Students should focus on universities and colleges offering bachelor’s degrees in nursing home administration or closely related fields. Many become registered nurses (RNs) to gain some clinical experience, while others focus more squarely on administrative capacities in their education and work experience.
Undergraduate programs in nursing administration specifically provide the tools students will need to manage daily operations, handle patient requirements, and assist with budgeting. Students should take courses on long-term care administration, public health administration, health services administration, and business administration.
Step 3: Earn a master of healthcare administration or a related degree (two years)
A master of health administration (MHA), long-term care, nursing home administration, or gerontology is the typical path to becoming an LNHA as it allows students to deepen their knowledge in critical areas and specialize in the most important subjects to them.
A master’s degree can also set one apart during the interview process. However, students can also enroll in a master’s of science in gerontology, providing similar education but with a heavier clinical focus. Below are a few well-known online programs that aspiring LNHAs can consider:
Utica College offers an online master of healthcare administration (MHA) program preparing students for administrative roles in settings across the healthcare continuum. The program provides students with the skills and knowledge for pursuing exciting and new advancement opportunities in several healthcare organizations. Graduates can expect to develop a thorough understanding of designing, developing, and evaluating administrative strategies.
Made up of 36 credits, the program includes courses such as health informatics; human resources management; health care financial management; perspectives in gerontology; healthcare administrator leadership; data analysis for healthcare leaders; and leadership in marketing and strategic planning.
Admission requirements include a bachelor’s degree with a grade point average of 3.0 or higher, a completed application, official transcripts, two letters of recommendation, a personal statement, and a current resume.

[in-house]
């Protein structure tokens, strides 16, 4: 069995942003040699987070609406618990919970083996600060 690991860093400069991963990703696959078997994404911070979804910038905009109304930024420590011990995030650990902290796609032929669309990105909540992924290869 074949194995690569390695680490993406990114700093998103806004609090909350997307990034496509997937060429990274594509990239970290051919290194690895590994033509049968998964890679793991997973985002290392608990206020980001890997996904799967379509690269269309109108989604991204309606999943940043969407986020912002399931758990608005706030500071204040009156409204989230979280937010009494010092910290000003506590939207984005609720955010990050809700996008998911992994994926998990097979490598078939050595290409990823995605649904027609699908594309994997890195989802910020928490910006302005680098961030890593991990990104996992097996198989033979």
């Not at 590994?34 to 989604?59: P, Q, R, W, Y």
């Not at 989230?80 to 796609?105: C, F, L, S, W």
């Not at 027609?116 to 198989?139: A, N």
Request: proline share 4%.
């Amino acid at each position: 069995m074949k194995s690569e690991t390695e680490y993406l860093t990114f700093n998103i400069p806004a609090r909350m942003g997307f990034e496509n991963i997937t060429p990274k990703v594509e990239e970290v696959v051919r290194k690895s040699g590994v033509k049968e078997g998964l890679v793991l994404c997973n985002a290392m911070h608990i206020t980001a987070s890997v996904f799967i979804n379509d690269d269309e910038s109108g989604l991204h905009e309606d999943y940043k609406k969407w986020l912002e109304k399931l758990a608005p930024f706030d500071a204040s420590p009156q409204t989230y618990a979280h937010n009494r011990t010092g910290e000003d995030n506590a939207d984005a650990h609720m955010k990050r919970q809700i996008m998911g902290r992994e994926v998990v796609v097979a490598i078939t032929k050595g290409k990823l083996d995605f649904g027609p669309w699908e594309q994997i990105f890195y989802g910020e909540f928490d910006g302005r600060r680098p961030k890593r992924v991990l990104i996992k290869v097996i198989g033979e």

Graduates of the program will be able to take up roles such as ancillary services directors, clinical project managers, nursing home administrators, direct care coordinators, informatics directors, compliance officers, facilities managers, and marketing directors.
- Location: Utica, NY
- Accreditation: Middle States Commission on Higher Education
- Expected Time to Completion: 24 months
- Estimated Tuition: $690 per credit
Maryville University designed an online master of health administration with concentrations in health informatics and analytics; healthcare leadership; population health management; and senior services. No healthcare experience is required with this 100 percent online program.
Graduates of the program will be prepared for senior-level positions in various healthcare settings such as state, local, and private hospitals, government agencies, nursing and residential care facilities, home healthcare services, and physicians’ offices. They can take up roles such as hospital administrators, nursing home administrators, healthcare marketing directors, and recruiters.
To get accepted into the program, applicants must have a bachelor’s degree from a regionally accredited institution with a cumulative GPA of 3.0 (GPAs below 3.0 may be considered for conditional admission), a personal letter explaining qualifications for graduate work, and an understanding of basic statistics. Letters of recommendation and GMAT scores are not required for admission.
As part of the program, students will delve into healthcare operations; the healthcare industry and its impact on healthcare management; healthcare quality and performance improvement; health policy & economics; healthcare informatics; introduction to gerontology; and managerial epidemiology.
- Location: St. Louis, MO
- Accreditation: Higher Learning Commission (HLC)
- Expected Time to Completion: 24 months